Štefan Papčo

Moraine, 2010

installation, ready made plywood from indoor gym for climbing, 13 x 7 x 3m


From the worn plywood of a climbing wall, dimensional models are made of blocks of rock, that is to say elements of the original mountain environment. Their positioning in space creates an illustration of the movement of a rock mass, which is halted thanks to a system of solid beams. Because of gravitation a surplus of badly arranged matter involves an accompanying loss of stability and subsequent fall. Parallel, autonomous (sculptural) processes and interventions in various spaces sketch out rough directions for thoughts on the character of the natural.
The danger of cave-ins in real space, the risk of passing under a mass of rocks, remains on the virtual level, underlined by visual impression and thought from the movement in cyberspace.
Moraine, the installation, is a visually modelled contemplation of mutual relations and movement in three different spheres. Representing the first sphere is the mountain environment with its natural processes and changes and (commensurate with these) potentials. A second sphere is the urban environment, which is predesigned and projected for the long-term functioning of society. Finally, there is the virtual cyber environment, currently enjoying a massive development, thanks mainly to the internet; this goes together with a loss of stimuli and direct contact with reality. There is a live issue regarding contemporary attitudes to created values, and whether we are able to refine and make use of what is positive in them.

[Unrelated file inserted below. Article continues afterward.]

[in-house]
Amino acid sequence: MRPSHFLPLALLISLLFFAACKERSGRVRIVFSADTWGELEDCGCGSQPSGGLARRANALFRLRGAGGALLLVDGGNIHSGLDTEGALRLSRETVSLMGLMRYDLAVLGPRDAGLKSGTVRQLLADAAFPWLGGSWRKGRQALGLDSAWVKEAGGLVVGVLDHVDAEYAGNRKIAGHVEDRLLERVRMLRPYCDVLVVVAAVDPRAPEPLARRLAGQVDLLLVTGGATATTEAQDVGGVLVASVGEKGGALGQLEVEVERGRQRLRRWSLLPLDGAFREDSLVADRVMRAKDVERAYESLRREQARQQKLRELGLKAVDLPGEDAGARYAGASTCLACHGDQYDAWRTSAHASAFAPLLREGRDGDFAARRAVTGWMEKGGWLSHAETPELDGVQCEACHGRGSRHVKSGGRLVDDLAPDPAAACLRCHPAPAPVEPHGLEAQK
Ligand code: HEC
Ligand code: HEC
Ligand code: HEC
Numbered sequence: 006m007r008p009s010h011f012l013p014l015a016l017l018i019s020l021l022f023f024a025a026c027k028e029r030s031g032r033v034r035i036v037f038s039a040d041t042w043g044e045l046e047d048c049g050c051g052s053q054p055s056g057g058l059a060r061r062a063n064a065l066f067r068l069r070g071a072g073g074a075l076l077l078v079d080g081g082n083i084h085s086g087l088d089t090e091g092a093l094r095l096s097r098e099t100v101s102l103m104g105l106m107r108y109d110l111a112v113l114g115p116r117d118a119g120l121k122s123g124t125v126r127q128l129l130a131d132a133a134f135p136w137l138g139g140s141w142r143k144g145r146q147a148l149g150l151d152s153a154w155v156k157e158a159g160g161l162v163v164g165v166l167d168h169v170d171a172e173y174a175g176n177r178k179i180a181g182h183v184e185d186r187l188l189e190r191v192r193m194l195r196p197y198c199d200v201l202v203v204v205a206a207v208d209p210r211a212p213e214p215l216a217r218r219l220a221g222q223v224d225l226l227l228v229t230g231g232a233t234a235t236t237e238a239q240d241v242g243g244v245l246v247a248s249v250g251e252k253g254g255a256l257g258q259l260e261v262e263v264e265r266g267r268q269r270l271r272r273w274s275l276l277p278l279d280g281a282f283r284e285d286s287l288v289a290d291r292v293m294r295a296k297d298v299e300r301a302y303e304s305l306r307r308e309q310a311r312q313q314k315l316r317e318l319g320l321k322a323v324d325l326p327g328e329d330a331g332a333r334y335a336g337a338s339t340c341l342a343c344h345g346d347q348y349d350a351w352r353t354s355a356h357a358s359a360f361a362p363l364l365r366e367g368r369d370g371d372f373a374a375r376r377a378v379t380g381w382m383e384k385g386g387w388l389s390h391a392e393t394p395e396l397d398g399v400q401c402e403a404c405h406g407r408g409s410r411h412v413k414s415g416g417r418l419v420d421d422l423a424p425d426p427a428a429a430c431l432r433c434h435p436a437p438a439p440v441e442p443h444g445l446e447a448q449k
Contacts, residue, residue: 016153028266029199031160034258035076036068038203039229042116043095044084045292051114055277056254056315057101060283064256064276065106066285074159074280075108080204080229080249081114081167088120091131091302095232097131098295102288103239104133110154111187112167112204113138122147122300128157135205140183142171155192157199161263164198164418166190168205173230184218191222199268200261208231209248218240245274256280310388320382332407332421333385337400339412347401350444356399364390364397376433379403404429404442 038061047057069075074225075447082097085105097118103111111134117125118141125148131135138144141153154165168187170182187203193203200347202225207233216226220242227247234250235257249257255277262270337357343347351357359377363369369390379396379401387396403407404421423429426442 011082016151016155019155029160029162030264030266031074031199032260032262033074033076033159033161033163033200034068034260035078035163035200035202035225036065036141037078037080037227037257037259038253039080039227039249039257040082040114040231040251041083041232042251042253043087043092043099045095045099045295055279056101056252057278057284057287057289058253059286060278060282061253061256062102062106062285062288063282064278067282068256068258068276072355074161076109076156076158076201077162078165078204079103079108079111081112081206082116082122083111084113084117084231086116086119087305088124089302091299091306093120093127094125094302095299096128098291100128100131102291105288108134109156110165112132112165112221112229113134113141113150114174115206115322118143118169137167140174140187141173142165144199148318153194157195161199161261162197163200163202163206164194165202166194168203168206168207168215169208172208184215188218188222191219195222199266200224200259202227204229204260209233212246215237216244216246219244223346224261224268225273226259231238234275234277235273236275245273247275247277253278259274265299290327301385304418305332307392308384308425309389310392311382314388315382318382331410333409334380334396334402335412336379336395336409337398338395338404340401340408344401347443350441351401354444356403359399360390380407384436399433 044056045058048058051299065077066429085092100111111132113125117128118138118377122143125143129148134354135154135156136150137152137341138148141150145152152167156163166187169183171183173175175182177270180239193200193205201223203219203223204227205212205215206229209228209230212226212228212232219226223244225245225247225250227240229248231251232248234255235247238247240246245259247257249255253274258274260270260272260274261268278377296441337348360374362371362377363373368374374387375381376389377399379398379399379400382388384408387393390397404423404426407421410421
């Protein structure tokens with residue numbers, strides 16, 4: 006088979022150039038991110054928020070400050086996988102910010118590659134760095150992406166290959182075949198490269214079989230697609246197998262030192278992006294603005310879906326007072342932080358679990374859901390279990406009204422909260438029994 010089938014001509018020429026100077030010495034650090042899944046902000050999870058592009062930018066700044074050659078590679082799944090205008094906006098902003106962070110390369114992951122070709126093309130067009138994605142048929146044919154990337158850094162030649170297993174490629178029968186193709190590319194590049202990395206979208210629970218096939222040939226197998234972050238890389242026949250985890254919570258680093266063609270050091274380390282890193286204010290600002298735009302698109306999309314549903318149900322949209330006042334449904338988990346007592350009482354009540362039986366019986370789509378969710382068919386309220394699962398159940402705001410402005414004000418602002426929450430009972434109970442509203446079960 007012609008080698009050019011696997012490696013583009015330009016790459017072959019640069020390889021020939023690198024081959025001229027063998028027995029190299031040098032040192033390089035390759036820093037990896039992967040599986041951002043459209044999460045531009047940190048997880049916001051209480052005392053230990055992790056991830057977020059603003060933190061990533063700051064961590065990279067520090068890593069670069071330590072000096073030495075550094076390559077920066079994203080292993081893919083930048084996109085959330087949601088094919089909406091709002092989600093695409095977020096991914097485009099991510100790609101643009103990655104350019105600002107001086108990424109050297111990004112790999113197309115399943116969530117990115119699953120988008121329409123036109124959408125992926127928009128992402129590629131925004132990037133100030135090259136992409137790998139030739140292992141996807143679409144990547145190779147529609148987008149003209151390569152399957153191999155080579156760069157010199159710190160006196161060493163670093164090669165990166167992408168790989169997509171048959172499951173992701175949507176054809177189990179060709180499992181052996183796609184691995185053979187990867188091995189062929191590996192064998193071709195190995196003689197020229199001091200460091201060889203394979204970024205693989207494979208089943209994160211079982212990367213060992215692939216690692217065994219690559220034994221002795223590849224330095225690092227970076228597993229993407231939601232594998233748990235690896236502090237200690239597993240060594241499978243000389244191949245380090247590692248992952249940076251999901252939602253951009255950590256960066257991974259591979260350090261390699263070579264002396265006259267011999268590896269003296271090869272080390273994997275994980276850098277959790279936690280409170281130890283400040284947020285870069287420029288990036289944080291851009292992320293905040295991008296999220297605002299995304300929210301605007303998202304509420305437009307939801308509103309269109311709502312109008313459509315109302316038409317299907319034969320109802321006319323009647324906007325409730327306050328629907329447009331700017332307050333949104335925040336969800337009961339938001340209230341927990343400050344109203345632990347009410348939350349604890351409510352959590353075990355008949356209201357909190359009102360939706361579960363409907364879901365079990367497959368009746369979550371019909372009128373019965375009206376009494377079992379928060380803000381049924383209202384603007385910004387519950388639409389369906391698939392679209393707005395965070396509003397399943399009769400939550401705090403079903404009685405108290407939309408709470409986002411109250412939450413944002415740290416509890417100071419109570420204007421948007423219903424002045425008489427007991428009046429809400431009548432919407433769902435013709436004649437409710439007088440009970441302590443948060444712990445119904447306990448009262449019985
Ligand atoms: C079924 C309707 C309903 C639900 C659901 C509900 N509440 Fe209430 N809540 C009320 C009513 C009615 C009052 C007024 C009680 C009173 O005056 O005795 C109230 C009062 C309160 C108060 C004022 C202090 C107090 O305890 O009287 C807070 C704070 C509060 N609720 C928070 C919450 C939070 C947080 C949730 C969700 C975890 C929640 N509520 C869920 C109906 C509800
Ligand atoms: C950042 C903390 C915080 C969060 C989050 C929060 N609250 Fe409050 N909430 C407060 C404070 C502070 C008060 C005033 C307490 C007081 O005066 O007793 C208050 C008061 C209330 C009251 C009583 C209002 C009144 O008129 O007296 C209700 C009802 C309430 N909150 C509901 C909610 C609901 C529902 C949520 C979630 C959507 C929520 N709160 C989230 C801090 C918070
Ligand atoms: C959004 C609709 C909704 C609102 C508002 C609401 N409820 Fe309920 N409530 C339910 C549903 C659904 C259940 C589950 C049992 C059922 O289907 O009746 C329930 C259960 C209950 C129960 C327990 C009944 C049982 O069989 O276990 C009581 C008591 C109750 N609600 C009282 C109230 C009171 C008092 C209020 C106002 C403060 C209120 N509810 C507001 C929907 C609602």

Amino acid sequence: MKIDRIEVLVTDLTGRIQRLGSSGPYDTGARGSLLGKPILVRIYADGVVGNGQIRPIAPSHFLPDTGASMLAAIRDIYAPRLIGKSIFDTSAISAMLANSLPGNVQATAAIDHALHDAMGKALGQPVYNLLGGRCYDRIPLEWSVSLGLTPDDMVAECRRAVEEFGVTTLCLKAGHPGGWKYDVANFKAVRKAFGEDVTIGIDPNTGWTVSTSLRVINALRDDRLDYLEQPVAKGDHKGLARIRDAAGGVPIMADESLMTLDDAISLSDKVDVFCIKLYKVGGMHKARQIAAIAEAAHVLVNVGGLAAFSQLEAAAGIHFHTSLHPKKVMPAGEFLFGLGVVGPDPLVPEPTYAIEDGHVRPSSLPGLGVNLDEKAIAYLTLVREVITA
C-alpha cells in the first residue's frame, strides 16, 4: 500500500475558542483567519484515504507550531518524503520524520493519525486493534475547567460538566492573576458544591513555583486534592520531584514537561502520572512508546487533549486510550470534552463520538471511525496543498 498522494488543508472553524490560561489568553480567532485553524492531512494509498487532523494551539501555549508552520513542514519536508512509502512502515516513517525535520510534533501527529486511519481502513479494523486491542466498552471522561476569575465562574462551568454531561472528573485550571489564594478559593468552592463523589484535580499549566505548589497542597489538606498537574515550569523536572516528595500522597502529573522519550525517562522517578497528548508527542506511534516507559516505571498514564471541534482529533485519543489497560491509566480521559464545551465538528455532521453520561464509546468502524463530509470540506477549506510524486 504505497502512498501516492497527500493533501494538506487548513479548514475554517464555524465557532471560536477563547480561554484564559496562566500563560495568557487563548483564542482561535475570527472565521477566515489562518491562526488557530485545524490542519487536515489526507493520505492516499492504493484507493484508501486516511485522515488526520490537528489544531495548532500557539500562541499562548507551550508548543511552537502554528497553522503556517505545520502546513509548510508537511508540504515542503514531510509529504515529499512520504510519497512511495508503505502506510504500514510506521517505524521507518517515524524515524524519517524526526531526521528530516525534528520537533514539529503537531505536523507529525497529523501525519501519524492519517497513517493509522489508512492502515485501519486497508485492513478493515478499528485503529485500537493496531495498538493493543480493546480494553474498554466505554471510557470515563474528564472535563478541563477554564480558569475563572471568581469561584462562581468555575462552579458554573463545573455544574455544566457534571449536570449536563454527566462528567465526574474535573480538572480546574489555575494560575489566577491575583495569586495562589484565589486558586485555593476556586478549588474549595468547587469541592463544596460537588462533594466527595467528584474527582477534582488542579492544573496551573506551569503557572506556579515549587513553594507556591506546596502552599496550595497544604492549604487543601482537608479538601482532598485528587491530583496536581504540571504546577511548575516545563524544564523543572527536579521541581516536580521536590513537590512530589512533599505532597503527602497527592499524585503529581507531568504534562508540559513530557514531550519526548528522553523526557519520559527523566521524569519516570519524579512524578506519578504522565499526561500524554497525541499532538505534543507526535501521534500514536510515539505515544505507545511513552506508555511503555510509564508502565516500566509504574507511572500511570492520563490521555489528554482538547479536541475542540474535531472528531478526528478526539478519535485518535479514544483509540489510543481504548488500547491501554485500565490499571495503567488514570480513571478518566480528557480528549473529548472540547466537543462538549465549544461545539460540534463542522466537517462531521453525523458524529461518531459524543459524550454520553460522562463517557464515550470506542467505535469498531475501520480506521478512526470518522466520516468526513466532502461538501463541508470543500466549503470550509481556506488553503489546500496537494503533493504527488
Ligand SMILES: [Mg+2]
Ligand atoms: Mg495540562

By its character, placement and mode of use the artificial climbing wall enables imagined qualities to come through notionally. Being artificial, the walls have an ideal character; thus they generate a space for the effective magnification of physical capacity, with emphasis on the greatest possible safety of those participating. What is involved here is a synthetic substitute for the natural environment, which influences and in part devalues the original philosophic basis (and not only the catharsis) of mountaineering. Despite this, years of climbing in an enclosed space has changed the appearance of the material in the climbing wall. With daily training sessions and the associated wear-and-tear on the plywood, its appearance has come closer on the one hand to the originally visualised character of rock, and on the other hand to the simple 3D visualisations of the 1990s. And this is an affirmation of strength, physicality, and at the same time relative limits, from virtual survival in the given environment.

*Moraine is scree, boulders and blocks, creating an accumulation which is carried by a glacier. The material forming a moraine is not sorted gravitationally, which means that it is composed of large boulders as well as microscopic glacial flour.
Source: Wikipedia